When you're selling your own home, we know that the sales process can be overwhelming. Here are the general steps in selling your home on your own:
The first step is getting people interested in your house. There are a variety of free and paid resources available to help others find your home. Some popular options include KSL.com, zillow.com, and Craigslist. You can also work with a variety of real estate offices that will list your home for a low, flat-fee on the Realtor®-exclusive Multiple Listing Service (MLS). The MLS has the most potential buyers looking, but you will likely have to offer a 3% buyer's agent commission in order to get much interest.
In order to generate the most interest, you'll want to make sure that you upload lots of great photos and/or videos highlighting the best features of your home.
When someone is interested, they will contact you to schedule a "showing" where they can look at your home. You will likely want to clean your home and make it as presentable as possible—at least as good as your children or dogs will let you.
Once you and the buyer have interest, you'll want to sign a binding Real Estate Purchase Contract (REPC) that will ensure that you're on the same page and ready to proceed with the transaction. The REPC will contain deadlines, terms, and most importantly, the sales price and details of the transaction. Most people prefer to use the standard REPC that real estate agents use. This contract is familiar to lenders and title companies and can be filled out by sellers and buyers on their own.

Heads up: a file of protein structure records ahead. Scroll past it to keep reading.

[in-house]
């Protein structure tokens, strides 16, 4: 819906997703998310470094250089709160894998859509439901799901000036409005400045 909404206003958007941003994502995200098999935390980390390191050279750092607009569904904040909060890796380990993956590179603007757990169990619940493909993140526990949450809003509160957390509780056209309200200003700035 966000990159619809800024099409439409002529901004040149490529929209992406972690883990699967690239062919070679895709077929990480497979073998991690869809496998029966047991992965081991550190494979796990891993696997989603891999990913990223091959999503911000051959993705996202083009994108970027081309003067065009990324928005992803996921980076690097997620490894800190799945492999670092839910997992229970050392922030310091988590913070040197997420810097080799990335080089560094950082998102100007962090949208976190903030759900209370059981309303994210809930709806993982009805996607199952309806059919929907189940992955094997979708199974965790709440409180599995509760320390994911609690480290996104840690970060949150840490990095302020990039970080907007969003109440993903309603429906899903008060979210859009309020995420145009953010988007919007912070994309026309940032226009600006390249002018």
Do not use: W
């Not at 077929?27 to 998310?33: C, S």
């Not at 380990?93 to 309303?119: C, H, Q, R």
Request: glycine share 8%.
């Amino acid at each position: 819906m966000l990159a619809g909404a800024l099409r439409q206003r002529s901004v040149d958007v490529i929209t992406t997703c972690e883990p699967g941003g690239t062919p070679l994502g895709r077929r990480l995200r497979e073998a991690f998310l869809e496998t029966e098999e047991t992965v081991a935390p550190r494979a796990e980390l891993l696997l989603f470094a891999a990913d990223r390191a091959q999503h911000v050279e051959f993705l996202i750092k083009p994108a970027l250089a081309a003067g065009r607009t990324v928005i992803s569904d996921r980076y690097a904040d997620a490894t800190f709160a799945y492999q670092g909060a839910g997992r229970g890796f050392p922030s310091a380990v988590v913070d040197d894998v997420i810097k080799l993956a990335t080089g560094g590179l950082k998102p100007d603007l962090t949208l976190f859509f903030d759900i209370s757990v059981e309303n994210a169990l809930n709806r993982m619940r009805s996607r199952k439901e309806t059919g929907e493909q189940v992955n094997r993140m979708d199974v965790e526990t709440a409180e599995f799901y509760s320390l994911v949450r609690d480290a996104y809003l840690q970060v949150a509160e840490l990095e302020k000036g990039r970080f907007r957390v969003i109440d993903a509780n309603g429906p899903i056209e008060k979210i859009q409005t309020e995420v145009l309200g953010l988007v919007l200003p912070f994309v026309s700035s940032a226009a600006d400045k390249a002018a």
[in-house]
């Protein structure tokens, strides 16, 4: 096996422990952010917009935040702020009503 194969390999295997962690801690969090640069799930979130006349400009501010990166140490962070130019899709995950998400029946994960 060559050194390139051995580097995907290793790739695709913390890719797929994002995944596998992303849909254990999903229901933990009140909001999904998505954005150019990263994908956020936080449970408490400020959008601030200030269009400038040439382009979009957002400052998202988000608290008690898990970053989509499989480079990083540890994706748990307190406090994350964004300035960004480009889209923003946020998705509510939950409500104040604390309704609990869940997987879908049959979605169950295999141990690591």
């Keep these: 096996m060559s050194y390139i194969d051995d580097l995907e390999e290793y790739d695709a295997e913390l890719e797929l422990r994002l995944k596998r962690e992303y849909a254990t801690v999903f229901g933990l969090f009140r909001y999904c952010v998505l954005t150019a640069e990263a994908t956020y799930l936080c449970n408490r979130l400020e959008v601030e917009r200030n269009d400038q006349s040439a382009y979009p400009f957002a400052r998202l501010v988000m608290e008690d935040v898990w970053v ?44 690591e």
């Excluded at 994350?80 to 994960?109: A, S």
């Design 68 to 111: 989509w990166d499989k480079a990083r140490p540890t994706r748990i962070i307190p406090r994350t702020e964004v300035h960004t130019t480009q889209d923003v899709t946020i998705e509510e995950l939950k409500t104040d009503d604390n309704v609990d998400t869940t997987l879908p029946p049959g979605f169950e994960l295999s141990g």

After the contract is signed, the buyer will place earnest money in trust with a title company selected by the seller. This money protects the seller in case the buyer backs out after the contract prohibits it. At this point, the seller must provide "seller disclosures" to the buyer outlining everything they know about the property. This includes everything from that time the windstorm damaged your roof, to the ongoing rodent problem in your basement. The buyer can then take this information, and after having the chance to do their own thorough inspection, cancel the contract or move forward with closing.
As the seller, you will also want to contact a title insurance company to run a preliminary title report disclosing any title issues that may exist. This title report will also include the information necessary for a title company to help you properly transfer the property from you to the buyer. They will charge an insurance premium for insuring that this is done properly, and you as the seller will usually pay this premium.
After the deadlines have run, it's time for settlement and closing. Settlement is when you sign the documents that will transfer the property. The title insurance company will be in charge of making sure that the money from the buyer is in their escrow account prior to recording the documents with the county. Once the money is properly transferred, and the recording with the county is completed, the transaction is "closed" and you can give the keys to the proud new owner.